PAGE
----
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Eye on Psi Chi: Spring 2012

Remember What You Want to ACHIEVE
Susan Amato-Henderson, PhD, Michigan Technological University

At this time of year, students at Michigan Technological University (MTU) are recovering from their Winter Carnival celebration. Winter Carnival is a fourday celebration that follows on the heels of a month-long snow statue building competition. Activities include a queen coronation, sporting events, student competitions (such as snow volleyball and human dog-sled racing), beard growing, broomball, and ice bowling. Winter Carnival is a time to celebrate winter in a community ranked as the "third snowiest city in America” by the Weather Channel.lp me?

Celebrations at universities are common—most schools have their own version of MTU’s Winter Carnival (although I’ll bet none utilize the snow as well as we do!). There are many good reasons to have such celebrations, including students bonding with their school (alumni offices love this!), stress relief, and celebration of what makes each school unique. However, the weeks preceding and following these celebrations can be just as challenging for faculty as they are for students! There are always some students who never seem to read or prepare for class and who always have another excuse for their lack of preparedness. In fact, sometimes I wonder if student preparation for courses is no longer an appropriate expectation for faculty to have!c

Hence the purpose of this column (finally!): to remind students of faculty expectations that they should consider when planning their weekly schedule. For every credit hour in which you register, you are expected to devote 3 hours of work outside of class. Thus, if you are enrolled in 15 credits of coursework, you have 15 hours of classroom instruction and 45 hours of out-of-class work each week. There are 168 hours in a week. You likely spend at least 50 hours per week devoted to sleeping (that is if you sleep less than 8 hours per night!). With only 58 hours remaining in our week, we still have to consider time to eat, shower, do laundry, be involved in sports and other campus organizations (Psi Chi should be high on your priority list!), Facebook, email, and text message. Assuming these things take up at least half of the remaining time, now you have less than 30 hours left in each week!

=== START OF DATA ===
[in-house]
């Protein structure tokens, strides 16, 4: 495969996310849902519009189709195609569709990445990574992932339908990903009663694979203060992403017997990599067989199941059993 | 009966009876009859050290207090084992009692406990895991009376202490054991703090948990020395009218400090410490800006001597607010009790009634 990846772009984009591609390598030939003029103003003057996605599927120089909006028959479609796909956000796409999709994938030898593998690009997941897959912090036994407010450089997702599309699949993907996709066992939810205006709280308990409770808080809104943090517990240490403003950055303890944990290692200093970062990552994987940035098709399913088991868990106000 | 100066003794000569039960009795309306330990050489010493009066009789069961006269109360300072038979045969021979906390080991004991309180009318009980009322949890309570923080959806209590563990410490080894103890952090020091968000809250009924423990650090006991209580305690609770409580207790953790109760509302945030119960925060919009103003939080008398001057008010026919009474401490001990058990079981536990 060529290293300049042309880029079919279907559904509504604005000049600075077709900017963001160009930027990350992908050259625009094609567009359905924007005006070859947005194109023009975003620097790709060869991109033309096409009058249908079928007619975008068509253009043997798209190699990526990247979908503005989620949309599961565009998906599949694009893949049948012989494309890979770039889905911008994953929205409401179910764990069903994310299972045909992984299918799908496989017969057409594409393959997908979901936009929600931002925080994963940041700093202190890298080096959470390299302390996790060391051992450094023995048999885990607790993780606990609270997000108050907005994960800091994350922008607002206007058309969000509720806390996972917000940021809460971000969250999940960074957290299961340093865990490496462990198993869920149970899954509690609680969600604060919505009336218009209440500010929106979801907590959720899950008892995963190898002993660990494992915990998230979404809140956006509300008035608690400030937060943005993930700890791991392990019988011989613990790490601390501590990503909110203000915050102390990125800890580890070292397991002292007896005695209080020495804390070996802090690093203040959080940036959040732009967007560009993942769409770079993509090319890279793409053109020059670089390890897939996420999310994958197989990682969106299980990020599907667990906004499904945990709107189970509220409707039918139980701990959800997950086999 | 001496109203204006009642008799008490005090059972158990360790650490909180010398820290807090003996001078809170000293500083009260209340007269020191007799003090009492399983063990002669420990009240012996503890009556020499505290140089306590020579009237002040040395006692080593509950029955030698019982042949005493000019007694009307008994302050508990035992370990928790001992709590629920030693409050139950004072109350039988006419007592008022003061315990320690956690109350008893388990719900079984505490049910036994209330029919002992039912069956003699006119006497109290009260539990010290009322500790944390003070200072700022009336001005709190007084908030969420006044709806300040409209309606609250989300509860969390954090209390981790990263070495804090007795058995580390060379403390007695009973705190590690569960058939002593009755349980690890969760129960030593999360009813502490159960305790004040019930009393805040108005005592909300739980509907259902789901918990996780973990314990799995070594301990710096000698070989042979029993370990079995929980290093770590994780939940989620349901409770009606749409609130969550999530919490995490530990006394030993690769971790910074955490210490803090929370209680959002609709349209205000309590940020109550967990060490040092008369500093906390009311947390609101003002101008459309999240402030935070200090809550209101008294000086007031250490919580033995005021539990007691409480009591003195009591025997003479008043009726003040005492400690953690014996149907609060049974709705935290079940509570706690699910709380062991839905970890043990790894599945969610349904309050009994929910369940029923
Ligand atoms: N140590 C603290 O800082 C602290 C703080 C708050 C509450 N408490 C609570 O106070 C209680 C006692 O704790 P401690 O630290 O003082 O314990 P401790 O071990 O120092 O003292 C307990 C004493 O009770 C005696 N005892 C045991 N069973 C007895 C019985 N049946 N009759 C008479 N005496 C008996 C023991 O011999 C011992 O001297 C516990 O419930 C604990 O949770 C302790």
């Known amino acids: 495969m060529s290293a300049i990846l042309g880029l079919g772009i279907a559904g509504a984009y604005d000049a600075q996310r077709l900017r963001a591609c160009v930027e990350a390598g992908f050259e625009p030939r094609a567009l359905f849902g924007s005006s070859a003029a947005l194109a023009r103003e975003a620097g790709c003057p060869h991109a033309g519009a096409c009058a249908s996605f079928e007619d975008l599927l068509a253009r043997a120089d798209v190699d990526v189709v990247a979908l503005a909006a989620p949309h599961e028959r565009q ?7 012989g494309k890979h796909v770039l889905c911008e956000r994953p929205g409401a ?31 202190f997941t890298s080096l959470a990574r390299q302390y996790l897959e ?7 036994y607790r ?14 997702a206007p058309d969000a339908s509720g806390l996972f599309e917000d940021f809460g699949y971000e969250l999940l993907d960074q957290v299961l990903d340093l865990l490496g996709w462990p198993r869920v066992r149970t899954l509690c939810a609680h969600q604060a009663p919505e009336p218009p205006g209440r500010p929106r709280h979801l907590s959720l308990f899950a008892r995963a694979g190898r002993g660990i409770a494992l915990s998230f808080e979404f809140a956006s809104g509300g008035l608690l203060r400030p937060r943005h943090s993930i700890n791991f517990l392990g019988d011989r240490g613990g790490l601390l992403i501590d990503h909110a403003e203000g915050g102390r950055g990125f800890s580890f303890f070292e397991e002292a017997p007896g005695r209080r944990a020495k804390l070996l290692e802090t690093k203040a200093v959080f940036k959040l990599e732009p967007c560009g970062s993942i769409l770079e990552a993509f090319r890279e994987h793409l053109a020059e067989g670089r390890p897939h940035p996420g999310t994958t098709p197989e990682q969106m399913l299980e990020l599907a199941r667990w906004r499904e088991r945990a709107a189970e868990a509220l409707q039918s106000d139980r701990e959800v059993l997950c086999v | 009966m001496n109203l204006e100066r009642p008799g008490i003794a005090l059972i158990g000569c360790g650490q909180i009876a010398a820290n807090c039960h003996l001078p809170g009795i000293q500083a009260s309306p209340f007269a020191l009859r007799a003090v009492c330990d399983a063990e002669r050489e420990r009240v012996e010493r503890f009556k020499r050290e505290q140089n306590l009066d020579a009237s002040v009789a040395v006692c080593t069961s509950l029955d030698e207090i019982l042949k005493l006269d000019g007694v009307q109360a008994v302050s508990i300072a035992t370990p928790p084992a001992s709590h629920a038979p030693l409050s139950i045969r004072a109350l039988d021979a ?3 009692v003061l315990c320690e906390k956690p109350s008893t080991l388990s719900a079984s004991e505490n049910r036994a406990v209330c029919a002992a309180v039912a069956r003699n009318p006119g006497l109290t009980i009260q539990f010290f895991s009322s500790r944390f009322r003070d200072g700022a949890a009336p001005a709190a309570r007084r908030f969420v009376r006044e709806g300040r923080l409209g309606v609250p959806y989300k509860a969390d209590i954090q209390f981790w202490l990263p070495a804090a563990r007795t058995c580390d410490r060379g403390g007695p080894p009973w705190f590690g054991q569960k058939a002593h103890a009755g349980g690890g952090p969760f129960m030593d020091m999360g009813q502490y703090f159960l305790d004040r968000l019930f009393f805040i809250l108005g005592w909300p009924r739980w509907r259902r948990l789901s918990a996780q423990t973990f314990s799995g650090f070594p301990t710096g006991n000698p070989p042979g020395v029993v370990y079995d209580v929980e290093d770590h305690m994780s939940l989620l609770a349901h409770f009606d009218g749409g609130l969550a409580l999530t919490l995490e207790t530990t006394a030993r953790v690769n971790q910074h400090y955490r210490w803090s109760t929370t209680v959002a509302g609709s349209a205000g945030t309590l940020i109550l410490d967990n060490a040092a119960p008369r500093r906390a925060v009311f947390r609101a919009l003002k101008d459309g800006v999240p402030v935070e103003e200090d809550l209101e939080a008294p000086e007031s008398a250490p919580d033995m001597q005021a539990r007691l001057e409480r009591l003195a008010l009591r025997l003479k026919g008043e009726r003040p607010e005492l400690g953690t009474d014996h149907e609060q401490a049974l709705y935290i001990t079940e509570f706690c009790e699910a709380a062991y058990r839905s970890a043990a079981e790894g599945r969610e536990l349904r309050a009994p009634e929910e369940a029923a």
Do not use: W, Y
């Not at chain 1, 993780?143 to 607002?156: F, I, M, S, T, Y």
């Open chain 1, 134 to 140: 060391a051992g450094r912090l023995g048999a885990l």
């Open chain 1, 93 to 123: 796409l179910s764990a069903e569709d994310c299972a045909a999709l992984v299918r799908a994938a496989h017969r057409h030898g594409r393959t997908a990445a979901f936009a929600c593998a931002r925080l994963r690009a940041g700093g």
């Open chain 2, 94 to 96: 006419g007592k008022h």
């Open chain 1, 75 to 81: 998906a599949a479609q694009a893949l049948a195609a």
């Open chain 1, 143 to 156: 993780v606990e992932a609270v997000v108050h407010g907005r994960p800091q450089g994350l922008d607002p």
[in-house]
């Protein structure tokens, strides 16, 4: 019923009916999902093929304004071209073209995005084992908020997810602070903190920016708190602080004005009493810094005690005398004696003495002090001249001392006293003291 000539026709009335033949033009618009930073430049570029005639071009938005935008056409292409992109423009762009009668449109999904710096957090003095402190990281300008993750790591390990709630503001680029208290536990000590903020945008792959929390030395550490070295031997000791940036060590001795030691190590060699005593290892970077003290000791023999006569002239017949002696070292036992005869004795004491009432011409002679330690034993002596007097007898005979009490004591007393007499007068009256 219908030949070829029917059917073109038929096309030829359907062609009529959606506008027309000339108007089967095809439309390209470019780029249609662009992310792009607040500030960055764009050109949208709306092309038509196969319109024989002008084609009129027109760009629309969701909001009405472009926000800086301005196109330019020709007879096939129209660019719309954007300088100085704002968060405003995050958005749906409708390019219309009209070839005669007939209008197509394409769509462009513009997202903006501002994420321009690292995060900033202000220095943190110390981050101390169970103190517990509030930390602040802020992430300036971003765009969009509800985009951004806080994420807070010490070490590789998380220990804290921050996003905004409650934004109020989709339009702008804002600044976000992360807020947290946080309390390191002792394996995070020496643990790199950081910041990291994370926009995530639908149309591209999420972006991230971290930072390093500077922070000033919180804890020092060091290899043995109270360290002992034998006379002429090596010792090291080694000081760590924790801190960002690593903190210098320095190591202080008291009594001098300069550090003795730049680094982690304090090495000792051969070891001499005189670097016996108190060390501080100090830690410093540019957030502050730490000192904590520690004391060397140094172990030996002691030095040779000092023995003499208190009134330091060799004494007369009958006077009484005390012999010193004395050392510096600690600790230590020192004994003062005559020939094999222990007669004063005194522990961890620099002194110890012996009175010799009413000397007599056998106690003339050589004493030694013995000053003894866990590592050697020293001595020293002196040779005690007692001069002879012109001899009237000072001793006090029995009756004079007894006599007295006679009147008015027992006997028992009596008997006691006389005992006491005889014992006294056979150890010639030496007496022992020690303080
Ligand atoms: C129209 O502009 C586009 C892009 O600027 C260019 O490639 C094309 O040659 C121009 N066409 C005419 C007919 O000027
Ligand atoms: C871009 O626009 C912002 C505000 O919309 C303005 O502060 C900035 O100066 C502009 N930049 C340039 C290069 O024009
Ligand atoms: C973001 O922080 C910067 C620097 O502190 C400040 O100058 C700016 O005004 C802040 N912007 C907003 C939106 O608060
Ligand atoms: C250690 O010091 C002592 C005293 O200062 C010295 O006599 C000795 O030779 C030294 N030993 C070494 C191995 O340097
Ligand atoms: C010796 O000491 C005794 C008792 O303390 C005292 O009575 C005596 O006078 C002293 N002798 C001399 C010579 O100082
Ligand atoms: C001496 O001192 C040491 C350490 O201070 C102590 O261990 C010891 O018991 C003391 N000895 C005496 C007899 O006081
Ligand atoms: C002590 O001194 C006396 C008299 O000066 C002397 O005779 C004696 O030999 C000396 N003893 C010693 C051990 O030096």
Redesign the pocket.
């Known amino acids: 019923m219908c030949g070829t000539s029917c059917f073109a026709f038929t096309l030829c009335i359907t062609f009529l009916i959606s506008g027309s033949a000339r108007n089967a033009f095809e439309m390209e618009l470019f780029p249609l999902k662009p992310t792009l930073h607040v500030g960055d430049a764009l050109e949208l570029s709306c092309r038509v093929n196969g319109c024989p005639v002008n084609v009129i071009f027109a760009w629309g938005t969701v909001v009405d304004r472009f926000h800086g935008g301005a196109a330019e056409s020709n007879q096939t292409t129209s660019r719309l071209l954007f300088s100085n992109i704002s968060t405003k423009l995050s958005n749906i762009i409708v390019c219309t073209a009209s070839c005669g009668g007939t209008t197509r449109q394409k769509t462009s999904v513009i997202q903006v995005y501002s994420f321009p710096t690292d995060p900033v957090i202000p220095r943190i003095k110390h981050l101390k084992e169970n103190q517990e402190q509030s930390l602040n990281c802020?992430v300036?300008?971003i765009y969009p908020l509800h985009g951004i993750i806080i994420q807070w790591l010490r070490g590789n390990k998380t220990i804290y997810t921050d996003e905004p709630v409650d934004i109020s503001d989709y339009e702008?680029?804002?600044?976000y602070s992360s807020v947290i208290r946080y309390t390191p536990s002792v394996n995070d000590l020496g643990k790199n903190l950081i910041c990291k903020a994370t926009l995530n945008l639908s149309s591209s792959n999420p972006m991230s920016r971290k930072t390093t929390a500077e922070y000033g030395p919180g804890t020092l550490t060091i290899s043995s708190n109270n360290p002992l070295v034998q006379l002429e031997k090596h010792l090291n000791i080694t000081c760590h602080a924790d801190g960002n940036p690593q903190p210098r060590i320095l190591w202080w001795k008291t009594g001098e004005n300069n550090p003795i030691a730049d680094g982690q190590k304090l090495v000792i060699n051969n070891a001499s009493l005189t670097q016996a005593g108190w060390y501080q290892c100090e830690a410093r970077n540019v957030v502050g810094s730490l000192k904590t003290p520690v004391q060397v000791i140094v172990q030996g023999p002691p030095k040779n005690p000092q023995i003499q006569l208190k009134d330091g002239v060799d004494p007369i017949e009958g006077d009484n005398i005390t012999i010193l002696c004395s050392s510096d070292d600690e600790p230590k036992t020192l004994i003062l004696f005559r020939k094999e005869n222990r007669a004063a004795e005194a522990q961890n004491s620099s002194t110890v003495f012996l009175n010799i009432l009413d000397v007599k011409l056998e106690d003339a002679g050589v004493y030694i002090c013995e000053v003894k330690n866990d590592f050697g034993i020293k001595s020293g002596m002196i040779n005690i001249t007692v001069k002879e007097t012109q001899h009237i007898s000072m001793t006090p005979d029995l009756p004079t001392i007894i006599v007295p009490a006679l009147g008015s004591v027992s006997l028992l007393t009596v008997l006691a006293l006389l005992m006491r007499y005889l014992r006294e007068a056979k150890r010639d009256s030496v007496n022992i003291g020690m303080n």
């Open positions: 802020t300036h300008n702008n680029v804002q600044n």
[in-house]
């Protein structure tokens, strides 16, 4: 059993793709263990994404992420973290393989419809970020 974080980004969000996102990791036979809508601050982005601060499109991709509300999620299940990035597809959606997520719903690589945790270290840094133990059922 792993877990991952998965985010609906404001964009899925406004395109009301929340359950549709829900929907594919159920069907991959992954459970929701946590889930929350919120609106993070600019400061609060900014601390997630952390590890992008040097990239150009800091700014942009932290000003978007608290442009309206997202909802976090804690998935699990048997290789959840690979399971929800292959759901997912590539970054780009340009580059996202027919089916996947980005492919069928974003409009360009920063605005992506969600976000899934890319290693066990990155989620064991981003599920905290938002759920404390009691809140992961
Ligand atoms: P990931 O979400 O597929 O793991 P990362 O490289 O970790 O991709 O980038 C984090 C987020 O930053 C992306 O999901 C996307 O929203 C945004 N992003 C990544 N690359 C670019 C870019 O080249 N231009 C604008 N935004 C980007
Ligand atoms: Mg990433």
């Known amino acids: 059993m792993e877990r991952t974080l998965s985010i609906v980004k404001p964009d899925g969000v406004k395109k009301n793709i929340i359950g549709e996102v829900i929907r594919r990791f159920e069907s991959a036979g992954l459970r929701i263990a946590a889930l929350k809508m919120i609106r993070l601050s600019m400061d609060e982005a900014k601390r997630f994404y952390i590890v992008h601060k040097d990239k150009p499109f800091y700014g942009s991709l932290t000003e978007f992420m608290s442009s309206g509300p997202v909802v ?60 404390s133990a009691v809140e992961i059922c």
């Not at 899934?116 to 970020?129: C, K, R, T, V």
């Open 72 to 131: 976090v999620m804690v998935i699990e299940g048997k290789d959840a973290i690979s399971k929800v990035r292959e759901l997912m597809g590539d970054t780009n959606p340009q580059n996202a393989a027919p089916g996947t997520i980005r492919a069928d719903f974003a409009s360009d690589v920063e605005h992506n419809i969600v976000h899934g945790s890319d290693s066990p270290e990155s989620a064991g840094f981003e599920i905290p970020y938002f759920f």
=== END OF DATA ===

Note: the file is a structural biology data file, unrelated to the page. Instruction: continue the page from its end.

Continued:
In case you didn’t notice, the above schedule did not include time to watch your favorite TV shows (Pretty Little Liars, Big Bang Theory, American Idol, or House, to name a few of mine), share some quality time with your significant other, or even meet a potential significant other. Nor does it include time to become ill, attend a funeral, work a job, plan your spring break trip, or read a novel.

Everybody is stressed, trying to pack too much into their day. Inevitably, some things fall by the wayside. I can understand why many students choose not to read their textbooks, but will their achievements be negatively impacted?

Versatility on your resume is good but not if it interferes with what you wish to achieve.

Education is the vehicle through which you arrive at your goals. Remember what you want to achieve and prioritize your educational responsibilities accordingly!

Susan Amato-Henderson, PhD, received her PhD in experimental psychology from the University of North Dakota in 1996. She joined the Psi Chi family as an undergraduate student, and served as the Rocky Mountain Regional Vice-President from 1999–2001 while a faculty member at Boise State University (ID). She is currently an associate professor in the Department of Cognitive and Learning Sciences and Psychology Program Director at Michigan Technological University (MTU). She has spent much of her time at MTU building and directing a major and minor in psychology. Dr. Amato continues to serve as a mentor to students through the MTU Psychology Club, whose submission for a Psi Chi Chapter was recently approved. Her recent research, funded by over $500,000 in NSF funds, has focused on the assessment of educational outcomes. Dr. Amato has received numerous awards and recognition for her teaching and service at both Boise State and Michigan Tech Universities.

Copyright 2012 (Volume 16, Issue 3) by Psi Chi, the International Honor Society in Psychology


Eye on Psi Chi is a magazine designed to keep members and alumni up-to-date with all the latest information about Psi Chi’s programs, awards, and chapter activities. It features informative articles about careers, graduate school admission, chapter ideas, personal development, the various fields of psychology, and important issues related to our discipline.

Eye on Psi Chi is published quarterly:
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